This paper aims to outline the development of a new approach, using environmental design and non‐drug‐based interventions to support individuals with dementia to live independently and safely in their own homes. Although in its infancy, this approach is beginning to show how it can help to improve the mood, socialisation, and short‐term memory of people with dementia and reduce the need for residential care or hospital admission.
As a case study, this paper is based upon the development teams' observations, complemented by those of other key stakeholders. It first reviews the policy context and evidence for the scale of the problem and some psychological approaches such as reminiscence work, which can alleviate the symptoms. It then outlines the potential in home improvement work in “dementia‐proofing” and “retro‐fitting”, to enhance reminiscence‐based “life experience” work. Finally, the approach is illustrated via an individual example.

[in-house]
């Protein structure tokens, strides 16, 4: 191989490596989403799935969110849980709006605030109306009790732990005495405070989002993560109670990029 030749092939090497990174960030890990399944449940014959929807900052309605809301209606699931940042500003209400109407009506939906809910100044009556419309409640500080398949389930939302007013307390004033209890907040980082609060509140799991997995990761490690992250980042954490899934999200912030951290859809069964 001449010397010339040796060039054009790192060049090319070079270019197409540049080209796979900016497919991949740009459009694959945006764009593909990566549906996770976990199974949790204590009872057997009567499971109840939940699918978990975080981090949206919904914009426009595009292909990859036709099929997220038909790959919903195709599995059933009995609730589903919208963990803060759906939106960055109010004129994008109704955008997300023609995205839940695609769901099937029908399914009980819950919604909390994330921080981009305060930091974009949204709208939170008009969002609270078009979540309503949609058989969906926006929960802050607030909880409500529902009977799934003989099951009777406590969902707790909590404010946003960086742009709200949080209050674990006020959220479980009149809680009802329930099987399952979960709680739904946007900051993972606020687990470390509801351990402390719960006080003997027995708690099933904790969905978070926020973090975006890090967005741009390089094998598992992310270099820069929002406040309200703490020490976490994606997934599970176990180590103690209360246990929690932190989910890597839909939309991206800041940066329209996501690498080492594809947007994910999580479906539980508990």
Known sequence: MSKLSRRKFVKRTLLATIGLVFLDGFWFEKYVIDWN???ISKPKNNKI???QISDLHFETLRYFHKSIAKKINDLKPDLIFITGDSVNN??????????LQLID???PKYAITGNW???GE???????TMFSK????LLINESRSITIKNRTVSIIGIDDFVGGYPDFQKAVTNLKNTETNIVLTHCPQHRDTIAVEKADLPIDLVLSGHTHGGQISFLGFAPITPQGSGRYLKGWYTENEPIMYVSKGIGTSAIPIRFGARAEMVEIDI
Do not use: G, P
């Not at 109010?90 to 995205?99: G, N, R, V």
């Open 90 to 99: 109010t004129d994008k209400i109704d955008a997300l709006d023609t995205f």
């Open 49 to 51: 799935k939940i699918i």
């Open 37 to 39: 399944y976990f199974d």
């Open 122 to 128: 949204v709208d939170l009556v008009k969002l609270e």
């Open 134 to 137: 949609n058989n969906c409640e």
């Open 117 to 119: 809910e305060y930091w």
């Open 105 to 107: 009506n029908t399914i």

The results so far – though not formally evaluated – suggest that design‐based approaches may add significantly to the effectiveness of psychological management of dementia via reminiscence work; early results suggest a reduction in the “chemical cosh” of medication.
This paper describes early developments in a new approach with great potential. In the long‐term, it is hoped that this dementia care model can be rolled out for replication in any home improvement agency or social care setting.
The impact of dementia is of increasing concern both for individuals and for public budgets. The potential in dementia‐friendly environmental design to complement other psychological approaches is an example of the search for more holistic approaches that respect and work with the strengths of the individual, in contrast to purely medical approaches relying on medication and/or institutional care.
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